Area Forecast Discussion
Issued by NWS Springfield, MO

Home | Current Version | Previous Version | Text Only | Print | Product List | Glossary Off
Versions: 1 2 3 4 5 6 7 8 9 10 11 12 13 14 15 16 17 18 19 20 21 22 23 24 25 26 27 28 29 30 31 32 33 34 35 36 37 38 39 40 41 42 43 44 45 46 47 48 49 50

000
FXUS63 KSGF 050804
AFDSGF

AREA FORECAST DISCUSSION
NATIONAL WEATHER SERVICE SPRINGFIELD MO
304 AM CDT Sun Jul 5 2015

.SHORT TERM...(Today)
Issued at 259 AM CDT SUN JUL 5 2015

A mild night is underway across the region, with early morning
temperatures generally in the upper 60s and low 70s.  Readings
should continue to fall into the mid to upper 60s by daybreak.

A strengthening low level jet within the 925-850 MB layer over
central Oklahoma is just starting to set off a few very isolated
showers/thunderstorms across the I-35 corridor as of 230 AM, and
this activity is expected to expand to some degree and move east
through sunrise.  Short term guidance rapidly decreases the LLJ
between 12 and 15 UTC this morning, and this combined with a less
favorable airmass the further east one goes should limit the
eastward progression of convection this morning.  Most of the CWA
will actually remain dry, with just a few stray showers and
thunderstorms across the I-49 corridor.

By afternoon, partly to mostly sunny skies are expected, and
temperatures will respond accordingly, warming into the mid to upper
80s, with a few locations over southeastern Kansas perhaps touching
90 degrees.

.LONG TERM...(Tonight through Saturday)
Issued at 259 AM CDT SUN JUL 5 2015

Warm and breezy conditions are then expected through the night
tonight into Monday morning, ahead of a cold front approaching from
the northwest.  An area of widespread rain and thunderstorms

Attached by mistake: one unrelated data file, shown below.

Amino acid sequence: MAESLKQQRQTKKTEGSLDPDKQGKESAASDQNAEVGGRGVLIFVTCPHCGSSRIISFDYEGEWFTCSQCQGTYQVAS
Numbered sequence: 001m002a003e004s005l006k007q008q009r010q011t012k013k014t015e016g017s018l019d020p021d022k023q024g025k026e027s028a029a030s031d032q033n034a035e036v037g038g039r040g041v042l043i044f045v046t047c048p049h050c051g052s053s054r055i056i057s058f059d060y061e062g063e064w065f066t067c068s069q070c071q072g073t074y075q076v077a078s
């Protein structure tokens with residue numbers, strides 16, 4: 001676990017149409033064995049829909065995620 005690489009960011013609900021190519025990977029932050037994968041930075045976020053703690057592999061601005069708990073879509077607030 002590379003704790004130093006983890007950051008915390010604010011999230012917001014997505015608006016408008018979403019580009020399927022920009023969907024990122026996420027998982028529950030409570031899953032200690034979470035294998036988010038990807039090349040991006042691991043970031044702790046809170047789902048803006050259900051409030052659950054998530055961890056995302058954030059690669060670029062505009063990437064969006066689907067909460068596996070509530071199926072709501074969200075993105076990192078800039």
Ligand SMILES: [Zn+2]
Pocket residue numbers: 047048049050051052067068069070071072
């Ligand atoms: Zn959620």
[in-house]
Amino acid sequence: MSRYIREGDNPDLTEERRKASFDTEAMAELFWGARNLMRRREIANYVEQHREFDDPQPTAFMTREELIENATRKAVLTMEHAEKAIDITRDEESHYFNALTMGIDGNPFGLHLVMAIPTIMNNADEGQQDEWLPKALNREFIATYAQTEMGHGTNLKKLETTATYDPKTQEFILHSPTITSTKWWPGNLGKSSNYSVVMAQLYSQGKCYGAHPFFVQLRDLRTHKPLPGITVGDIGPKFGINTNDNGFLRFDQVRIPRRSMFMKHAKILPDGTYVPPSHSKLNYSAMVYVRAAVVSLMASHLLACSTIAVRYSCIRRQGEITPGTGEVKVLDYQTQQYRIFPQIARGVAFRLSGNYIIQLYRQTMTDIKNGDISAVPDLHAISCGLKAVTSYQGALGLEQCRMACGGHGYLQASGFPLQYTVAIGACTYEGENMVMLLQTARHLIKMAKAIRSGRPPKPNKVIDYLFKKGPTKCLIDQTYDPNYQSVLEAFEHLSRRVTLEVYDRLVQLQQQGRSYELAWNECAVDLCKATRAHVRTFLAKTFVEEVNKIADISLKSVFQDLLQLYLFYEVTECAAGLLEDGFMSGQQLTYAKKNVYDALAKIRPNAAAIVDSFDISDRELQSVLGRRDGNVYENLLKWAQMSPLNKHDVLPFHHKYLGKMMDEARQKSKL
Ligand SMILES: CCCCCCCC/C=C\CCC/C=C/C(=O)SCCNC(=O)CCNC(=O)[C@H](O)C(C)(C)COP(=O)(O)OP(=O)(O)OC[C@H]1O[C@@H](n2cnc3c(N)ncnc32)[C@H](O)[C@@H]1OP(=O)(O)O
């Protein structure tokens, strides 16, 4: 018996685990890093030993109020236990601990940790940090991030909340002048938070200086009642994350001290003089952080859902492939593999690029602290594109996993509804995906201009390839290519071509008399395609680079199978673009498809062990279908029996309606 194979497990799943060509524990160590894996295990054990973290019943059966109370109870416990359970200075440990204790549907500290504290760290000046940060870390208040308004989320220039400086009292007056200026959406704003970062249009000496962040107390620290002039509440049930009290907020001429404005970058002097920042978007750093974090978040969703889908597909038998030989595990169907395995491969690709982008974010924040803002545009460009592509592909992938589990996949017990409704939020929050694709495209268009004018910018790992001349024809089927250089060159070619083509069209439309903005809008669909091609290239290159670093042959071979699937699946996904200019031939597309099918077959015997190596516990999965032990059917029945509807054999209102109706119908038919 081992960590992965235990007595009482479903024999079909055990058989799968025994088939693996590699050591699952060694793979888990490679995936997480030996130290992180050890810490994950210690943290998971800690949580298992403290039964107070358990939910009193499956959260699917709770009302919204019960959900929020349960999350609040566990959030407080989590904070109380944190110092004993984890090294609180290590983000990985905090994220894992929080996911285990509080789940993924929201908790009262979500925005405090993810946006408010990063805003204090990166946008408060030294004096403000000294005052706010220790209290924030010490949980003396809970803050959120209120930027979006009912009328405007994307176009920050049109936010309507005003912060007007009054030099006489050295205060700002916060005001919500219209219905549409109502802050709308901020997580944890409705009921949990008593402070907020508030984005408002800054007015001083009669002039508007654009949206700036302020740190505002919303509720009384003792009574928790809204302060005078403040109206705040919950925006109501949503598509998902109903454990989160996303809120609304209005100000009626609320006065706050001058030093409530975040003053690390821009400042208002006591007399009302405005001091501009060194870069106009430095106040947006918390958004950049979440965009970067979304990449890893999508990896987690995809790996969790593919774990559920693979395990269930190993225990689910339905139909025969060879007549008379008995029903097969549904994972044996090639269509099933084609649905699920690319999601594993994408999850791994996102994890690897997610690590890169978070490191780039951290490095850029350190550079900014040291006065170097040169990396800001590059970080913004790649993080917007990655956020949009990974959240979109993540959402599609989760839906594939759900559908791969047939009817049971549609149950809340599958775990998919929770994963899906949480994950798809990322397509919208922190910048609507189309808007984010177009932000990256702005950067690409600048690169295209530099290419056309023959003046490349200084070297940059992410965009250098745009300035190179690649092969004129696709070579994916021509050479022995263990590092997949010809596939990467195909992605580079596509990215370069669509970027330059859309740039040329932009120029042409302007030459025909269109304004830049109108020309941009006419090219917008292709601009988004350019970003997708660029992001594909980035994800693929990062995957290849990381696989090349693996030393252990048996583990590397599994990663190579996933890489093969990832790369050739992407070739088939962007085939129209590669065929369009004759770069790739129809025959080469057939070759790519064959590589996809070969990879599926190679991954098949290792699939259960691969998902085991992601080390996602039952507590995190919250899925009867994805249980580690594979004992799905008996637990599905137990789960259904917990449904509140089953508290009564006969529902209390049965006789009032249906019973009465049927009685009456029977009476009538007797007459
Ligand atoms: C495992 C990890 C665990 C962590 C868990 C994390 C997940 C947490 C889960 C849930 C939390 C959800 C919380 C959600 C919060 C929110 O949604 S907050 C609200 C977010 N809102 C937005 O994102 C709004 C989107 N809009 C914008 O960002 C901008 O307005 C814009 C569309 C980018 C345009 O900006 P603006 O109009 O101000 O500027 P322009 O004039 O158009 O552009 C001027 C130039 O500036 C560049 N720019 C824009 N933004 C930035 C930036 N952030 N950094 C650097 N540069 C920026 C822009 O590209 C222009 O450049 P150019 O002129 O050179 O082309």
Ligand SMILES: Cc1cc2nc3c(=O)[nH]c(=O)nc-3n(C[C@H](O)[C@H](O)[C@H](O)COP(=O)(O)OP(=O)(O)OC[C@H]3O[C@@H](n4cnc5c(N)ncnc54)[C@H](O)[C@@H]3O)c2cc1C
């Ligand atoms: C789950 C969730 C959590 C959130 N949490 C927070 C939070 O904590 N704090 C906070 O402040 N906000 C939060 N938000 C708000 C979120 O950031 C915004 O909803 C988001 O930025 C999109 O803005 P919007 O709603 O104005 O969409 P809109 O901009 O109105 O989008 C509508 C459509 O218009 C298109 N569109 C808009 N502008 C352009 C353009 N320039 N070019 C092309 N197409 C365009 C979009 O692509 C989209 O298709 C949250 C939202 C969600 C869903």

associated with the front will slowly move into the area from
northwest to southeast Monday, especially during the afternoon and
evening hours.  By late Monday night and Tuesday, periods
of thunderstorms and rain, heavy at times, can be expected across
much of the forecast area as the surface front stalls out over the
region.

The front will remain stalled through at least Wednesday, with both
the GFS and ECMWF bringing a surface wave northeast along the
boundary.  Lift associated with this feature will further enhance
the heavy rain threat.

Through Wednesday, rainfall totals between one and three inches,
with locally higher amounts, appear increasingly likely.  While much
will depend on the eventual track of individual thunderstorms, the
overall pattern is one suggestive of a heavy rain threat.  Given
already saturated soils and elevated river and stream levels, it
probably won`t take much to result in flooding/flash flooding across
the region.  This threat will continued to be watched closely over
the coming days.

Showers/thunderstorms should then become more scattered in nature
Thursday into next weekend, as the surface boundary washes out a bit
and weak height rises commence.  After cool and rainy days Tuesday
and Wednesday, temperatures should warm considerably Thursday and
especially Friday and Saturday, with readings returning to around 90
degrees by next weekend.

&&

.AVIATION...(For the 06Z TAFS through 06Z Sunday Night)
Issued at 1125 PM CDT SAT JUL 4 2015

Pilots can expect VFR to occasionally MVFR conditions at area
terminals tonight in patchy light fog, haze and smoke. VFR
conditions will be the rule Sunday. Otherwise surface winds will
become more southerly Sunday.


&&

.SGF WATCHES/WARNINGS/ADVISORIES...
MO...NONE.
KS...NONE.
&&

$$

SHORT TERM...Boxell
LONG TERM...Boxell
AVIATION...Foster






USA.gov is the U.S. government's official web portal to all federal, state and local government web resources and services.